But it seems as though this is simply an issue of semantics. I believe that we identify a “point of need” and develop solutions that help the target customer solve that need. But whether you call that a “problem” or something else? If you are finding your user/customer *after* you build? You are relying on being lucky rather than good.

    1. Tristan says:
      20.03.2012.

      Totally concur.

      I need to update this with a note about when in the product lifecycle I’m talking about.

    2. Tristan says:
      20.03.2012.

      Hmm…never mind. I can’t figure out where to put it. 🙁

  4. Giles Farrow says:
    20.03.2012.

    Tristan,

    Sorry but I find your position here rather convoluted and somewhat disingenuous.

    You clearly need all three:
    – Customers
    – A problem
    – A solution

    Two out of three won’t work

    If just market a solution to early adopters, they won’t buy if there is no problem.

    Same goes if you identify a customer segment with a problem but don’t have a solution to sell, or you don’t target any customers i.e. everyone.

    I still believe in starting with a problem. As in start your thinking about a problem – then move to who has that problem and explore there. Your marketing should always be aimed at people and how they will benefit.

    I don’t think this is what you’re advocating but to be clear…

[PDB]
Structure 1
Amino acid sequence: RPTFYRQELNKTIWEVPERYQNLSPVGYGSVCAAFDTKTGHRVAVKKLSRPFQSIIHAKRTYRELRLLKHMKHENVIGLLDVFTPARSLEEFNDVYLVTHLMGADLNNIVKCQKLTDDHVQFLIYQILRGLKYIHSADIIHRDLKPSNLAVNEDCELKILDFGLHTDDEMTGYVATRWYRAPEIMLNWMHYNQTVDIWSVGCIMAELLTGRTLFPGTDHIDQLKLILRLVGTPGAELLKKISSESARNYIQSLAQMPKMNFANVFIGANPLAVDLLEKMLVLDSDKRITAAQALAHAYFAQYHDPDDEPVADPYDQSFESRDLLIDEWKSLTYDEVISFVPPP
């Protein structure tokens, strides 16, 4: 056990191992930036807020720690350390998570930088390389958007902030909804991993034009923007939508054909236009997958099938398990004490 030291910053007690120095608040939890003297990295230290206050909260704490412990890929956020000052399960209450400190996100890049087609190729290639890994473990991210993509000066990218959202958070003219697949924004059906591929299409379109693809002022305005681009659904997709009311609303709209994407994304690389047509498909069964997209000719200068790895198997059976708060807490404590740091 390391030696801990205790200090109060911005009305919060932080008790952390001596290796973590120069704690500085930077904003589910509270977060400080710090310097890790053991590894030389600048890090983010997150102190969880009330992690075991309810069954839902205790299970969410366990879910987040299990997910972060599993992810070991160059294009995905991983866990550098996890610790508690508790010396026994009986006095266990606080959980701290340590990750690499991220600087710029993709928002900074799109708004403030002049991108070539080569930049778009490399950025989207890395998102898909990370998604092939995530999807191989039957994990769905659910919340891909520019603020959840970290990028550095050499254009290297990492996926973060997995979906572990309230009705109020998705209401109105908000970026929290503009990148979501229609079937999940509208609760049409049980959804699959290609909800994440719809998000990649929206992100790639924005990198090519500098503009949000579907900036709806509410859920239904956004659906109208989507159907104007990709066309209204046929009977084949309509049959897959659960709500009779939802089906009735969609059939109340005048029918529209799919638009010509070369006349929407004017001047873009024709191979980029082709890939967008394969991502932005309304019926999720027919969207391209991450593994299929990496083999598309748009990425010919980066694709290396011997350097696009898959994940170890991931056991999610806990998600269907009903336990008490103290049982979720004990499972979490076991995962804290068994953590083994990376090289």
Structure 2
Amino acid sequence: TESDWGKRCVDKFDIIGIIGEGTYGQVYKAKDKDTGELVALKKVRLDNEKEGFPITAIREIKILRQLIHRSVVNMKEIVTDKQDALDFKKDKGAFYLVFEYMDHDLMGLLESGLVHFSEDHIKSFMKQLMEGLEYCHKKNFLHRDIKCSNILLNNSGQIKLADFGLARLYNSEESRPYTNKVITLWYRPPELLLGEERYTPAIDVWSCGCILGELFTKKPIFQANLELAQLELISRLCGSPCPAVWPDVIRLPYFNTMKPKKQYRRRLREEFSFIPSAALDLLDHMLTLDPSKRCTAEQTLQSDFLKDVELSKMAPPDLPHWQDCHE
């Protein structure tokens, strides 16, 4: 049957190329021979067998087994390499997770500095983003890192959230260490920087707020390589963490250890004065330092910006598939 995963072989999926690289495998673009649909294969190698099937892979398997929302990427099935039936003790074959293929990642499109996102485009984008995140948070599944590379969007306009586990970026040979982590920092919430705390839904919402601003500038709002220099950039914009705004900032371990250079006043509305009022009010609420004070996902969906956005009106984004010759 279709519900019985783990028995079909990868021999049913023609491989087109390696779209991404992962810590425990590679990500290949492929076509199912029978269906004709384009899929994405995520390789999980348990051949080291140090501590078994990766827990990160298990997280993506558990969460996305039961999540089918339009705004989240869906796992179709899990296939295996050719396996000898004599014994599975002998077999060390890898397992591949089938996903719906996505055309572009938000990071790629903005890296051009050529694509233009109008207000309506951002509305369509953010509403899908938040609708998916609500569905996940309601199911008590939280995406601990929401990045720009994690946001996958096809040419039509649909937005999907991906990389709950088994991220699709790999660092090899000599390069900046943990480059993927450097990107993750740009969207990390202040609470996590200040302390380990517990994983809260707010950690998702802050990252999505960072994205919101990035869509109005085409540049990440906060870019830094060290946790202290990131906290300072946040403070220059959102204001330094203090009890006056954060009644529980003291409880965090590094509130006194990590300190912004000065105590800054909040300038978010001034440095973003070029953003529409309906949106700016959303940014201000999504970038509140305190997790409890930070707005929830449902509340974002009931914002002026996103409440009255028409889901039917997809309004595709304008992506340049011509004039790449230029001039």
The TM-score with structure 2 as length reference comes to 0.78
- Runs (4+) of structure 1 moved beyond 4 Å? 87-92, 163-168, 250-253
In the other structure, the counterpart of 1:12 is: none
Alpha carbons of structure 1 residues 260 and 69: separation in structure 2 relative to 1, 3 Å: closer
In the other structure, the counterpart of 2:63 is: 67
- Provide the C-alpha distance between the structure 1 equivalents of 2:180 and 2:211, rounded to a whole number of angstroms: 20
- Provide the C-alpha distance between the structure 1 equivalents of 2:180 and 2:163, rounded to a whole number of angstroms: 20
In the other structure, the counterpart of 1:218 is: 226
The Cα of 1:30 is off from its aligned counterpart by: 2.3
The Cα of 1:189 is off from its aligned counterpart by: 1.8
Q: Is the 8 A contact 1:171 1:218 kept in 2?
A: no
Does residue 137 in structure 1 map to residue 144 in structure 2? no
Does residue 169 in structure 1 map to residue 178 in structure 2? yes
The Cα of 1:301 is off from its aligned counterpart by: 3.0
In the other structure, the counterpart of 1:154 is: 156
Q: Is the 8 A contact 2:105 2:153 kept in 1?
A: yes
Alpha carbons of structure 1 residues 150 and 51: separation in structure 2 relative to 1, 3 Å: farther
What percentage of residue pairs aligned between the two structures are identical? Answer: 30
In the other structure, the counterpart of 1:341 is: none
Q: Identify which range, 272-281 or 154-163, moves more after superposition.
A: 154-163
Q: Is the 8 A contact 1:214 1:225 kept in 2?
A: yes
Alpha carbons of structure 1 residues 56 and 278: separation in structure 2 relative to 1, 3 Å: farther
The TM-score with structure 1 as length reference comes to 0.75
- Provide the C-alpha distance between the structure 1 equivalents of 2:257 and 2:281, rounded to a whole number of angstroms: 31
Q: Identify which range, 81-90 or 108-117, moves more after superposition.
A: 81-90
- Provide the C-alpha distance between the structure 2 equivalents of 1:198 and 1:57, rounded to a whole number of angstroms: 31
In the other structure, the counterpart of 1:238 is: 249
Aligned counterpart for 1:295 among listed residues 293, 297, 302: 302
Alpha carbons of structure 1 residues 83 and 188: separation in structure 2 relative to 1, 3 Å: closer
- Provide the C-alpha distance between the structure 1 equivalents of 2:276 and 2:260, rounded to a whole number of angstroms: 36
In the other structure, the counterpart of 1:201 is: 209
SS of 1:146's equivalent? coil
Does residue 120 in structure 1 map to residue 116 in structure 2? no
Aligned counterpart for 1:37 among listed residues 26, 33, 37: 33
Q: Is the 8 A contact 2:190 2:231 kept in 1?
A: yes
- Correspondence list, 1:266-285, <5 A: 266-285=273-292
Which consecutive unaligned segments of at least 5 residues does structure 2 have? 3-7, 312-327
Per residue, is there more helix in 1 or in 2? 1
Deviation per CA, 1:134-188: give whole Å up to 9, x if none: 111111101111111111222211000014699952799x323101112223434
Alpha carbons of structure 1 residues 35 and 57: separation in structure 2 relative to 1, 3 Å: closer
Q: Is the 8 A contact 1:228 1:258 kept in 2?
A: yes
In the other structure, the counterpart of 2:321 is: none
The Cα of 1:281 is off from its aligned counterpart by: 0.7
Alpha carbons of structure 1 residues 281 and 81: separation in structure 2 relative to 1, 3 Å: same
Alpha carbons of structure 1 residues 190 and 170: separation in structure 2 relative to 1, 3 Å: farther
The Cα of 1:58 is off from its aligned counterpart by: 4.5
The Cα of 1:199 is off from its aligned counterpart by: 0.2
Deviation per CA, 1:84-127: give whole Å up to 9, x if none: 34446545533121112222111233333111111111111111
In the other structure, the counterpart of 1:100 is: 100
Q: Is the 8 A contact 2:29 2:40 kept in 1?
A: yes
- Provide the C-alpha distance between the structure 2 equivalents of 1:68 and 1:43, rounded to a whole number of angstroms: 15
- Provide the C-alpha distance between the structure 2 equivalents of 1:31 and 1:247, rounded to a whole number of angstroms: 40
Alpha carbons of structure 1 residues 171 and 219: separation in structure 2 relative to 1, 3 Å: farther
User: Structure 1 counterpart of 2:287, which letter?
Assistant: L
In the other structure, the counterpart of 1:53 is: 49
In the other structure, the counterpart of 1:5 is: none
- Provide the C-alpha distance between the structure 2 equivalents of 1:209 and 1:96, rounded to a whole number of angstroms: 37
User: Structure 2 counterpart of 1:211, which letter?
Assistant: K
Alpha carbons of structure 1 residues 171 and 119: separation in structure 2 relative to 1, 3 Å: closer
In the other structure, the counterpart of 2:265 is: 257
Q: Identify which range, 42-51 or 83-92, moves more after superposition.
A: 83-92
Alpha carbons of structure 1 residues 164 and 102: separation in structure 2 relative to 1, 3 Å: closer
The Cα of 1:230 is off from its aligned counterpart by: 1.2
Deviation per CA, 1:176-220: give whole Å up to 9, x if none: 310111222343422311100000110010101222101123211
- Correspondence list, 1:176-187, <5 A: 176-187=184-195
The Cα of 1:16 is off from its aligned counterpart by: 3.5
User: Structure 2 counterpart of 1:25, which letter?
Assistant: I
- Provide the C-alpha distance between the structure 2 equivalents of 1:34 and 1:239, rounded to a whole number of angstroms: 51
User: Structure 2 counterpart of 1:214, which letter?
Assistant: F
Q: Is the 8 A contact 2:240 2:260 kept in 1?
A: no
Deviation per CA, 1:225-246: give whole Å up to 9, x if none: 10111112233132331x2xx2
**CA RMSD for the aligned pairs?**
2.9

I don’t believe in just putting out solution and hoping people will figure what it is for.
    And I don’t believe in just treating “early adopters” as a customer segment either.

    1. Tristan says:
      20.03.2012.

      I think you are looking at this from a marketing perspective.

      This is an argument about putting your customer’s viewpoint and perspective above any other product consideration during initial product creation. Particularly the early adopter if you are bringing a brand new product to market.

      I am absolutely NOT suggesting that there doesn’t need to be a problem or a solution. I am stating there is no such thing as a problem without a real human being (or I suppose some sort of feeling creature if we want to be animal inclusive) who has an ongoing pain.

      I’m not sure why you would think I’m being disingenuous or otherwise deceitful in this. From what you describe I suspect our biggest disagreement is probably on the definition of ‘disingenuous.’

  5. Kate says:
    21.03.2012.

    Much food for thought here. I may comment more later…but in the meantime, just wanted to compliment you on your AWESOME CLOTHESPIN DOG sketch. Well done.

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  9. Kevin Walsh says:
    23.02.2013.

    Good article.

    Problems are not the only thing that motivate people, though–at least not that definition of a problem. People are either motivated by fear (and the many negative emotions that result, like anger, frustration, annoyance…) or Love (and all of it’s related qualities of Joy, Gratitude, Compassion, and so on…). A good example is gift-giving: people may buy a gift because they are worried about what others will think if they don’t, or they may buy a gift for another because of the Gratitude or Love that they experience for the person.

    I actually check in with myself frequently to determine where my decisions are coming from. If they are a result of negative emotion, I know that the solution is not any external product or service, but to resolve whatever misunderstanding I have within myself that the situation triggers with negative emotion. Once resolved, I make the decision from a place of peace, in the direction of serving myself or others.

    So, I plan to include a piece of my vision at the end of my early adopter interviews, after assessing the problem and how they are trying to solve it. After all, I have never experienced a pain to go see a movie, but I frequently get excited to see a movie.